‘We Are Under Water’
For other posters, their biggest category of unanticipated expenses during retirement has related to their homes.
Rabsint, like many, has seen plans to downsize derailed by an uncooperative housing market; having to bring cash to the closing on the sale of the home will be an unanticipated expense. “We planned to sell the house and downsize but it hasn’t sold for two years and we are under water. This year we are determined to get out but the loss will be substantial and not tax-deductible. We will have to take a large distribution from my [retirement plan], which will increase our taxes so we get hit on both ends.”
For Veroman61, fluctuating homeowners insurance rates have complicated the budgeting process. “Living in the state of Florida, homeowner’s insurance is volatile. We have been lucky the last eight years with no major hurricanes so the state has been underfunding the catastrophic insurance fund. This is money contributed by private insurers. To comply, premium increases are passed on to consumers so I along with countless others have seen our premiums rise to an average of 40% in a single year. That has been the biggest surprise.”
Rising property taxes, particularly unwelcome in a cratering housing market, have been an unwelcome budgetary surprise for causal research, who wrote, “The biggest expense that we could have anticipated, but didn’t was property tax. From the time we planned our retirement budget to now our property tax has increased over 300%. Not only does the rate go up but the city and county both raise property valuations as if there was no real estate crisis. No one in our neighborhood could sell our property for the tax valuations, but all protests are denied.”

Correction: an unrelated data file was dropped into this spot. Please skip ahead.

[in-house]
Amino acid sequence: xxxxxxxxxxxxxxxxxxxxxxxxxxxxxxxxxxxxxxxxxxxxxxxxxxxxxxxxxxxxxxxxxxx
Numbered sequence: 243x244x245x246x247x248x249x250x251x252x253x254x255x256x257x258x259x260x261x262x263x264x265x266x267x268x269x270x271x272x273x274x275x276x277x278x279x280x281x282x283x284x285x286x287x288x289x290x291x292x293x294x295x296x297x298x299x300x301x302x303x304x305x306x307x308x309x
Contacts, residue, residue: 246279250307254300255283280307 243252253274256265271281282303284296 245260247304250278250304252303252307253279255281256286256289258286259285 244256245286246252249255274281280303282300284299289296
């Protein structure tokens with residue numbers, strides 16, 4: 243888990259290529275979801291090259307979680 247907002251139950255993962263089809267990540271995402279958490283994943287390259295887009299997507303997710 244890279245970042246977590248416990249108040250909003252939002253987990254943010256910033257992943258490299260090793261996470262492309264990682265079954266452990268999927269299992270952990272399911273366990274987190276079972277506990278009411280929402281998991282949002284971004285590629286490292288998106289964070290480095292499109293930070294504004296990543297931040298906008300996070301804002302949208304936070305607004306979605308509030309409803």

Richendric‘s experience has been similar–higher taxes, sinking property values–but he hopes the worst is over. “The only big surprise so far has been the 30% increase in property taxes on our retirement home in the last two tax years. The magnitude of this increase was caused primarily by reduced state funding to local school districts. After the latest local elections, we now have some local spending cuts and a new tax rate for the 2012 tax year, which is about 1% lower than last year with an across the board 5% reduction in property valuations, without any classroom teacher layoffs. Hopefully, the situation has stabilized.”
‘A Whole New Cost Center’
Other posters noted that spending money on family–either to lend a helping hand to family members in need, help pay for weddings, or spoil grandkids–ranked among their largest unplanned expenditures in retirement.
For SailerBob, and many families, the economic crisis has made helping out essential. “Surprises: Having to help one of our kid’s family when he went through a period of stagnant income growth (none) for about four years when his employer changed ownership. We took out a mortgage on the paid-off house to do that, but made a second mortgage on his house as collateral for a loan, not a gift. They are paying it off, but having a mortgage of our own was a major surprise.”